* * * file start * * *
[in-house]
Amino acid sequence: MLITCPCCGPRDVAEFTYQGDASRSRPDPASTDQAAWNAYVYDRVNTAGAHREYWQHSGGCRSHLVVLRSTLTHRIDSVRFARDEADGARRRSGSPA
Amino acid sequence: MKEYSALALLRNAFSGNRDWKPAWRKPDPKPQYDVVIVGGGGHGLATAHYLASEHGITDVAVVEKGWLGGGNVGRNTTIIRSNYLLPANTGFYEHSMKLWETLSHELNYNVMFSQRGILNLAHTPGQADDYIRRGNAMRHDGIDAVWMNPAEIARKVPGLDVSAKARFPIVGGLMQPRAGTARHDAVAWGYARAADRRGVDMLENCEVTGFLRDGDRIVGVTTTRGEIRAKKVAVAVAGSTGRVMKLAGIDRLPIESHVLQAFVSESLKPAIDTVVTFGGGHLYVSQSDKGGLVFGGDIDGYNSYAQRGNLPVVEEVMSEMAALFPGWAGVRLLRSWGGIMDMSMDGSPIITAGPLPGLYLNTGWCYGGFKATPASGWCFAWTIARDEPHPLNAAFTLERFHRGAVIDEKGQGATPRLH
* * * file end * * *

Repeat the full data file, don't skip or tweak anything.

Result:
[in-house]
Amino acid sequence: MLITCPCCGPRDVAEFTYQGDASRSRPDPASTDQAAWNAYVYDRVNTAGAHREYWQHSGGCRSHLVVLRSTLTHRIDSVRFARDEADGARRRSGSPA
Amino acid sequence: MKEYSALALLRNAFSGNRDWKPAWRKPDPKPQYDVVIVGGGGHGLATAHYLASEHGITDVAVVEKGWLGGGNVGRNTTIIRSNYLLPANTGFYEHSMKLWETLSHELNYNVMFSQRGILNLAHTPGQADDYIRRGNAMRHDGIDAVWMNPAEIARKVPGLDVSAKARFPIVGGLMQPRAGTARHDAVAWGYARAADRRGVDMLENCEVTGFLRDGDRIVGVTTTRGEIRAKKVAVAVAGSTGRVMKLAGIDRLPIESHVLQAFVSESLKPAIDTVVTFGGGHLYVSQSDKGGLVFGGDIDGYNSYAQRGNLPVVEEVMSEMAALFPGWAGVRLLRSWGGIMDMSMDGSPIITAGPLPGLYLNTGWCYGGFKATPASGWCFAWTIARDEPHPLNAAFTLERFHRGAVIDEKGQGATPRLH